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Category: Neuropsychologia

Autobiographical memory: From experiences to brain representations

Published in: Neuropsychologia, Volume 110, February 2018, 1-6 Abstract “Autobiographical memory (AM) refers to representations of one’s personal history that integrate self-related knowledge with experienced events (including their interpretation and evaluation) across the extended self (Conway and Pleydell-Pearce, 2000; Levine, 2004; Rubin, 2006). AM is shaped by a multitude of factors, including self-schema, goals, emotion, culture, age, gender, and genetics. The vastness and diversity of past personal experiences captured in our AMs define who we are (Conway and Pleydell-Pearce, 2000; Fitzgerald, 1996; Levine, 2004; Libby and Eibach, 2002), help us relate to other people (Fivush, 2011; Nelson and Fivush, 2004), and… Read More

The ERP correlates of self-knowledge: Are assessments of one’s past, present, and future traits closer to semantic or episodic memory?

Published in: Neuropsychologia, Volume 110, February 2018, 65-83 Abstract “Self-knowledge concerns one’s own preferences and personality. It pertains to the self (similar to episodic memory), yet does not concern events. It is factual (like semantic memory), but also idiosyncratic. For these reasons, it is unclear where self-knowledge might fall on a continuum in relation to semantic and episodic memory. In this study, we aimed to compare the event-related potential(ERP) correlates of self-knowledge to those of semantic and episodic memory, using N400 and Late Positive Component (LPC) as proxies for semantic and episodic processing, respectively. We considered an additional factor: time perspective. Temporally distant… Read More

Psychological causes of autobiographical amnesia: A study of 28 cases

Published in: Neuropsychologia, Volume 110, February 2018, 134-147 Abstract “Autobiographical amnesia is found in patients with focal or diffuse brain damage (“organic amnesia”), but also without overt brain damage (at least when measured with conventional brain imaging methods). This last condition is usually named dissociative amnesia at present, and was originally described as hysteria. Classically and traditionally, dissociative amnesia is seen as a disorder that causes retrograde amnesia in the autobiographical domain in the aftermath of incidents of major psychological stress or trauma. In the present study one of the probably largest published collections of patients (28) with psychogenically caused autobiographical amnesia, who were assessed… Read More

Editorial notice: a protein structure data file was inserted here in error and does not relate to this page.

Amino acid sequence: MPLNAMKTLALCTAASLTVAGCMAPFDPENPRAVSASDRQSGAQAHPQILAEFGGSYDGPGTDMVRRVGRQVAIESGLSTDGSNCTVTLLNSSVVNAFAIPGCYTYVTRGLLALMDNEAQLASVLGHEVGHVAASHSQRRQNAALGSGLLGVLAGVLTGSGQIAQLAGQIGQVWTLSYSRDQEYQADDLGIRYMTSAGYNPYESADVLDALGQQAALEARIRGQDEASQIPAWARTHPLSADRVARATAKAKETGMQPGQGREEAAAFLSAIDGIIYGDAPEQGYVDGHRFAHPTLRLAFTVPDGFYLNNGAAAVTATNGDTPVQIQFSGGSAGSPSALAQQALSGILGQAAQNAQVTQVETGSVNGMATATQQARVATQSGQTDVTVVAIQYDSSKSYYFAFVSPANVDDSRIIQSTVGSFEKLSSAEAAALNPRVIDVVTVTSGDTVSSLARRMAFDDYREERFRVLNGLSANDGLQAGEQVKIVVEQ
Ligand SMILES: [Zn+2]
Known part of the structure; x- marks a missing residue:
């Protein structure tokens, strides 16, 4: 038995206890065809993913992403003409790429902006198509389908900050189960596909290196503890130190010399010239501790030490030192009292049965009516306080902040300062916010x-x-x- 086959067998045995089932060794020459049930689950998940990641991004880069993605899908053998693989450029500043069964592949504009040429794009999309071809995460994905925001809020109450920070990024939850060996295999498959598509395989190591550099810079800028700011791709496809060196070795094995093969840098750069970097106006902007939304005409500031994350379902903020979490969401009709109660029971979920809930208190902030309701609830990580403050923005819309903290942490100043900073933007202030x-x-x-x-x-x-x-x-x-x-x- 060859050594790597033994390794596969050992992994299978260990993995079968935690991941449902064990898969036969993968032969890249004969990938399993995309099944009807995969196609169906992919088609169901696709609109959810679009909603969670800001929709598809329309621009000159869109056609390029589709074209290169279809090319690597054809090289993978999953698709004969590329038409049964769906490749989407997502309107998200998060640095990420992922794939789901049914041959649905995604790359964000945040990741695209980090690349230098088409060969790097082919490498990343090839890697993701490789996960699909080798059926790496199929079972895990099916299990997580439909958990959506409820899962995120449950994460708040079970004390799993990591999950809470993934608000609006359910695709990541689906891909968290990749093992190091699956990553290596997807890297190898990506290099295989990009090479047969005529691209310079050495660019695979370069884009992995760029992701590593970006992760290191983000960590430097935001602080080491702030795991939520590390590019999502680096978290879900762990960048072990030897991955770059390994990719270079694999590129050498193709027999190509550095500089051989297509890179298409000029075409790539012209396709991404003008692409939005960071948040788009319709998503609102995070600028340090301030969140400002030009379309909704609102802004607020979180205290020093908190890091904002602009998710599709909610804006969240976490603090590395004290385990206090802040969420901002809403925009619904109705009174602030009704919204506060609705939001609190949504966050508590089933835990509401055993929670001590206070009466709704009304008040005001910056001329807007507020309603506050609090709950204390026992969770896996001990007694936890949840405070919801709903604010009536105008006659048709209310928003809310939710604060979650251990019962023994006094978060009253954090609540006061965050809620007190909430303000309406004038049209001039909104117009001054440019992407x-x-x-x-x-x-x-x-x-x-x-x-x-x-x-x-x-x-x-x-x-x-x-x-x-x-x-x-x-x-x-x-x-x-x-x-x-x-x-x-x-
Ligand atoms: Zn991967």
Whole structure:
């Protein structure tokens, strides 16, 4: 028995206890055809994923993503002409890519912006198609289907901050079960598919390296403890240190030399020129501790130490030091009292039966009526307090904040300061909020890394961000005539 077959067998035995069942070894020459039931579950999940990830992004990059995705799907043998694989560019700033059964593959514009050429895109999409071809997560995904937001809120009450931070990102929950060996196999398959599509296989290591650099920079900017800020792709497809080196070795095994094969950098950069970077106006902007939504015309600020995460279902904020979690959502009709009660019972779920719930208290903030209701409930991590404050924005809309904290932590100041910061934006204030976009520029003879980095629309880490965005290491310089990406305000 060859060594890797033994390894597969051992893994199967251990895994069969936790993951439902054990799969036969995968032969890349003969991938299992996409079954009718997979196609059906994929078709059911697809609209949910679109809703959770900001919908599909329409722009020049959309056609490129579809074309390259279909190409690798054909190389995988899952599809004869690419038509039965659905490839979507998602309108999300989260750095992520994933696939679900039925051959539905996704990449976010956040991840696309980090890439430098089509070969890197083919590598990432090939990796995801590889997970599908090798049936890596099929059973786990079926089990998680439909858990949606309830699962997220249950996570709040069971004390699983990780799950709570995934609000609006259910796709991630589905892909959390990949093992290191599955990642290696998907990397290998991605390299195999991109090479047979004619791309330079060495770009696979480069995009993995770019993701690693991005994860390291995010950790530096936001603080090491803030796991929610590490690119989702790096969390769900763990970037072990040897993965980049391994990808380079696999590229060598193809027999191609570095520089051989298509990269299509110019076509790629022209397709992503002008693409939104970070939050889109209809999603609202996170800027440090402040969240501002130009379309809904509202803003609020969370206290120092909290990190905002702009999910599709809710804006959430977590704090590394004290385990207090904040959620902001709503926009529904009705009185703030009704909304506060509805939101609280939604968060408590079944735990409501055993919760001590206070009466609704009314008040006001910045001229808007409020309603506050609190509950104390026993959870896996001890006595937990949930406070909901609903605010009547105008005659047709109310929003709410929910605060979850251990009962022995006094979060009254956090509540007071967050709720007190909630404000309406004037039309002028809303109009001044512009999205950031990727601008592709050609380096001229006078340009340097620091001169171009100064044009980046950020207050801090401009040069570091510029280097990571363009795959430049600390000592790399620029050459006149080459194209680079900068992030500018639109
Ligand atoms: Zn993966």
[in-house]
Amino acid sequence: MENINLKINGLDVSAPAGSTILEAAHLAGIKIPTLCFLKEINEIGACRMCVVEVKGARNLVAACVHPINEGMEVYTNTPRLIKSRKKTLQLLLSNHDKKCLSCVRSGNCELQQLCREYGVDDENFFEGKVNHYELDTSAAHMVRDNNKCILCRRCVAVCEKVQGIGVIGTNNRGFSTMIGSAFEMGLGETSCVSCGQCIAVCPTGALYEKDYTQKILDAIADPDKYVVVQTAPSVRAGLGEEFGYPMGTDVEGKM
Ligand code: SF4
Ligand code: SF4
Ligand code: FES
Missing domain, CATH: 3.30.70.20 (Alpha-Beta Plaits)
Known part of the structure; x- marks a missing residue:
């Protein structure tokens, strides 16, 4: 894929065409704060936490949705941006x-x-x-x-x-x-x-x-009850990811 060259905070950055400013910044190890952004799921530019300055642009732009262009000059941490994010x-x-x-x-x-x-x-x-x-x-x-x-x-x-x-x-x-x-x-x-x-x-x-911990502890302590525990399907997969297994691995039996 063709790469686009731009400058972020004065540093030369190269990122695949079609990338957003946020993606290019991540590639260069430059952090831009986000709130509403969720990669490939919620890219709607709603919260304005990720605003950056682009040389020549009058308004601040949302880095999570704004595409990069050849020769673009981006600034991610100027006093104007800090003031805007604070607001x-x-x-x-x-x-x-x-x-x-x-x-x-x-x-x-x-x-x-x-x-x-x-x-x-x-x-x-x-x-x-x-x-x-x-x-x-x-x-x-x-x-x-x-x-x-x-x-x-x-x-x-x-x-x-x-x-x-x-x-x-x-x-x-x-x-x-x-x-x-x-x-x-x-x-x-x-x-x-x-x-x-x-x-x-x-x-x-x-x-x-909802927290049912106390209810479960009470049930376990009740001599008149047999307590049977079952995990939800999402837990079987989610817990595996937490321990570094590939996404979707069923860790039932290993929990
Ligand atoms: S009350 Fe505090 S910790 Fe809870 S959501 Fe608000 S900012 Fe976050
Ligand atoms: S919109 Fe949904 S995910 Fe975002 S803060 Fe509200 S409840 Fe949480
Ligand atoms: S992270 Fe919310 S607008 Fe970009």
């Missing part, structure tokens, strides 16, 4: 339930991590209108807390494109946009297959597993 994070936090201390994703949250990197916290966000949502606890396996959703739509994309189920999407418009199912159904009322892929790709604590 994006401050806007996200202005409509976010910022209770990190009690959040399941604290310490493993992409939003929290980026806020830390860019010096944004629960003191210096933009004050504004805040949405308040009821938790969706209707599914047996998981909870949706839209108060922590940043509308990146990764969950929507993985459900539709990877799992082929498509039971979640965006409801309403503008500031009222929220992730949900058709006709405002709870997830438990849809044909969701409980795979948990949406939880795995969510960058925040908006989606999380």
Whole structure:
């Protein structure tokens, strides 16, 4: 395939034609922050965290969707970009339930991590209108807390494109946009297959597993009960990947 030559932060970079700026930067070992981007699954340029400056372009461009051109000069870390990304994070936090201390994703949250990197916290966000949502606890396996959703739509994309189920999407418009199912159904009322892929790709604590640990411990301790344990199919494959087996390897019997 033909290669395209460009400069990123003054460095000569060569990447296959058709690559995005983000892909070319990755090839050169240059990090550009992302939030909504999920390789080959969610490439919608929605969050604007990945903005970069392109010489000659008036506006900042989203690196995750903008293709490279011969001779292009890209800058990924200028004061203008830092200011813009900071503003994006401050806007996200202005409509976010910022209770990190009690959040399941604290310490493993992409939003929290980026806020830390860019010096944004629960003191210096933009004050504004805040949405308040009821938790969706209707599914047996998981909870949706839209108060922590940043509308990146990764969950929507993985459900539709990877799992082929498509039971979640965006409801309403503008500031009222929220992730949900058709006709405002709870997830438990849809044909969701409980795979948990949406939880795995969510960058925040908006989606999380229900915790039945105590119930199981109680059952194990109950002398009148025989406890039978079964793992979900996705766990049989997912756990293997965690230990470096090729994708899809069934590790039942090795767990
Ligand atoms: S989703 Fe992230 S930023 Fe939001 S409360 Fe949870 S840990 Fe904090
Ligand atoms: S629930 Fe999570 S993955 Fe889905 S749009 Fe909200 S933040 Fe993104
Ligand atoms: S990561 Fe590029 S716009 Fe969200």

Dynamic changes in large-scale functional network organization during autobiographical memory retrieval

Published in: Neuropsychologia, Volume 110, February 2018, 208-224 Abstract “Autobiographical memory (AM), episodic memory for life events, involves the orchestration of multiple dynamic cognitive processes, including memory access and subsequent elaboration. Previous neuroimaging studies have contrasted memory access and elaboration processes in terms of regional brain activation and connectivity within large, multi-region networks. Although interactions between key memory-related regions such as the hippocampus and prefrontal cortex (PFC) have been shown to play an important role in AM retrieval, it remains unclear how such connectivity between specific, individual regions involved in AM retrieval changes dynamically across the retrieval process and how these changes relate to broader memory networks throughout… Read More

Gamma phase-synchrony in autobiographical memory: Evidence from magnetoencephalography and severely deficient autobiographical memory

Published in: Neuropsychologia, Volume 110, February 2018, 7-13 Abstract “The subjective sense of recollecting events from one’s past is an essential feature of episodic memory, but the neural mechanisms supporting this capacity are poorly understood. We examined the role of large-scale patterns of neural synchrony using whole-head MEG recordings in healthy adults and S.M., who has severely deficient autobiographical memory (SDAM; Palombo et al., 2015), a syndrome in which autobiographical recollection is absent but other functions (including other mnemonic functions), are normal. MEG was conducted while participants listened to prospectively collected recordings documenting unique personal episodes (PE) that normally evoke rich recollection, as well as a condition including… Read More